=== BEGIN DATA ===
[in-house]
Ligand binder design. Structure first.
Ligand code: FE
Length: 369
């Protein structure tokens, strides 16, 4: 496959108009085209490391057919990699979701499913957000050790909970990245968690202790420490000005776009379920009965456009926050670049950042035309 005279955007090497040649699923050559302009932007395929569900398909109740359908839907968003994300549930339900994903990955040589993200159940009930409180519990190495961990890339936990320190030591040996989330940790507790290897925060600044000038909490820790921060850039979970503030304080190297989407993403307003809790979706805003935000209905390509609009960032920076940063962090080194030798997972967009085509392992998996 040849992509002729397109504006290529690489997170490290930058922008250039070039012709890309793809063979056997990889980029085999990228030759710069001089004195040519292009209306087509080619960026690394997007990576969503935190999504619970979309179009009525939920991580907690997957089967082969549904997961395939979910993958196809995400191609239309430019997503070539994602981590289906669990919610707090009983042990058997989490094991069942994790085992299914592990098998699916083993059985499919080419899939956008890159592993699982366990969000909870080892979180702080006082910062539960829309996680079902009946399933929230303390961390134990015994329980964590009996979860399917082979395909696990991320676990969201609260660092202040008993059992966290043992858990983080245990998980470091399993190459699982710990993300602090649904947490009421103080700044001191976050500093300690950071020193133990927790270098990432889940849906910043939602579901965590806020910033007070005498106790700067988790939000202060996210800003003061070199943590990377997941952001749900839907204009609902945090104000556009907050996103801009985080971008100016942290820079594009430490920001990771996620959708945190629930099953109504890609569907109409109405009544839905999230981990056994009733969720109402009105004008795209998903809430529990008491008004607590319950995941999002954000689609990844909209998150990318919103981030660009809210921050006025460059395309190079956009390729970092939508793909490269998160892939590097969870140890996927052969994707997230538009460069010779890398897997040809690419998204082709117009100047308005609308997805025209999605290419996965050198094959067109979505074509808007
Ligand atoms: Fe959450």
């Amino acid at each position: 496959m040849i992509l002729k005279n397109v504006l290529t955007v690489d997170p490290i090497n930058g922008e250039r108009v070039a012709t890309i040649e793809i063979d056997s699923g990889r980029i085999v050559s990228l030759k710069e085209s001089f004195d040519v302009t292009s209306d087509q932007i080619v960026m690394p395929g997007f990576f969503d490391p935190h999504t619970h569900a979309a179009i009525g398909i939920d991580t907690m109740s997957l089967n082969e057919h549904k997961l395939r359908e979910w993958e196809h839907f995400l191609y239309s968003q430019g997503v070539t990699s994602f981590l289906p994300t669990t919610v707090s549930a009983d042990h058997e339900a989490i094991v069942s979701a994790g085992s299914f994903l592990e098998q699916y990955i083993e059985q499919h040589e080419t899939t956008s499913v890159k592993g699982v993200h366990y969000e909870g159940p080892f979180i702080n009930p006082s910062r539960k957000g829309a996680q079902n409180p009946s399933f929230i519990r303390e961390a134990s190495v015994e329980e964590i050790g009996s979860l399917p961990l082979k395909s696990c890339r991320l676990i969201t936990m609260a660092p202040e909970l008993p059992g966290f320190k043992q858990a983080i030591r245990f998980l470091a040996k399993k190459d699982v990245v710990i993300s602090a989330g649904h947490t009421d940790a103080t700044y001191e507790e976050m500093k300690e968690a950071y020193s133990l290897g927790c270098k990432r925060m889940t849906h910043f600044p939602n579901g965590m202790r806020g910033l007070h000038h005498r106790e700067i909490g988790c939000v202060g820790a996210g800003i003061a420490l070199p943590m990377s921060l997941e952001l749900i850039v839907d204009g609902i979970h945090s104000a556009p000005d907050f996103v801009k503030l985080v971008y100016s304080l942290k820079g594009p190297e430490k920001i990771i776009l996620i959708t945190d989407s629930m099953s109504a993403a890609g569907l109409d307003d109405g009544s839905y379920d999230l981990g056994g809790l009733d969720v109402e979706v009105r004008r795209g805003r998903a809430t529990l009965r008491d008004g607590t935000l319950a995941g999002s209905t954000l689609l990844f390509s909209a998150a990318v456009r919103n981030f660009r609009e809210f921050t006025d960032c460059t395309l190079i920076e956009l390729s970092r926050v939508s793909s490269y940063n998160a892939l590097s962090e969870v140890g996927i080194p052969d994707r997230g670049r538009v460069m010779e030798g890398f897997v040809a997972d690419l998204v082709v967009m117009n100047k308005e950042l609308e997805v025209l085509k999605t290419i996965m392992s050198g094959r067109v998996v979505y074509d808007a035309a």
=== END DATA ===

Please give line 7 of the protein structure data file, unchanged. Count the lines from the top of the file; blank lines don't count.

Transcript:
């Amino acid at each position: 496959m040849i992509l002729k005279n397109v504006l290529t955007v690489d997170p490290i090497n930058g922008e250039r108009v070039a012709t890309i040649e793809i063979d056997s699923g990889r980029i085999v050559s990228l030759k710069e085209s001089f004195d040519v302009t292009s209306d087509q932007i080619v960026m690394p395929g997007f990576f969503d490391p935190h999504t619970h569900a979309a179009i009525g398909i939920d991580t907690m109740s997957l089967n082969e057919h549904k997961l395939r359908e979910w993958e196809h839907f995400l191609y239309s968003q430019g997503v070539t990699s994602f981590l289906p994300t669990t919610v707090s549930a009983d042990h058997e339900a989490i094991v069942s979701a994790g085992s299914f994903l592990e098998q699916y990955i083993e059985q499919h040589e080419t899939t956008s499913v890159k592993g699982v993200h366990y969000e909870g159940p080892f979180i702080n009930p006082s910062r539960k957000g829309a996680q079902n409180p009946s399933f929230i519990r303390e961390a134990s190495v015994e329980e964590i050790g009996s979860l399917p961990l082979k395909s696990c890339r991320l676990i969201t936990m609260a660092p202040e909970l008993p059992g966290f320190k043992q858990a983080i030591r245990f998980l470091a040996k399993k190459d699982v990245v710990i993300s602090a989330g649904h947490t009421d940790a103080t700044y001191e507790e976050m500093k300690e968690a950071y020193s133990l290897g927790c270098k990432r925060m889940t849906h910043f600044p939602n579901g965590m202790r806020g910033l007070h000038h005498r106790e700067i909490g988790c939000v202060g820790a996210g800003i003061a420490l070199p943590m990377s921060l997941e952001l749900i850039v839907d204009g609902i979970h945090s104000a556009p000005d907050f996103v801009k503030l985080v971008y100016s304080l942290k820079g594009p190297e430490k920001i990771i776009l996620i959708t945190d989407s629930m099953s109504a993403a890609g569907l109409d307003d109405g009544s839905y379920d999230l981990g056994g809790l009733d969720v109402e979706v009105r004008r795209g805003r998903a809430t529990l009965r008491d008004g607590t935000l319950a995941g999002s209905t954000l689609l990844f390509s909209a998150a990318v456009r919103n981030f660009r609009e809210f921050t006025d960032c460059t395309l190079i920076e956009l390729s970092r926050v939508s793909s490269y940063n998160a892939l590097s962090e969870v140890g996927i080194p052969d994707r997230g670049r538009v460069m010779e030798g890398f897997v040809a997972d690419l998204v082709v967009m117009n100047k308005e950042l609308e997805v025209l085509k999605t290419i996965m392992s050198g094959r067109v998996v979505y074509d808007a035309a």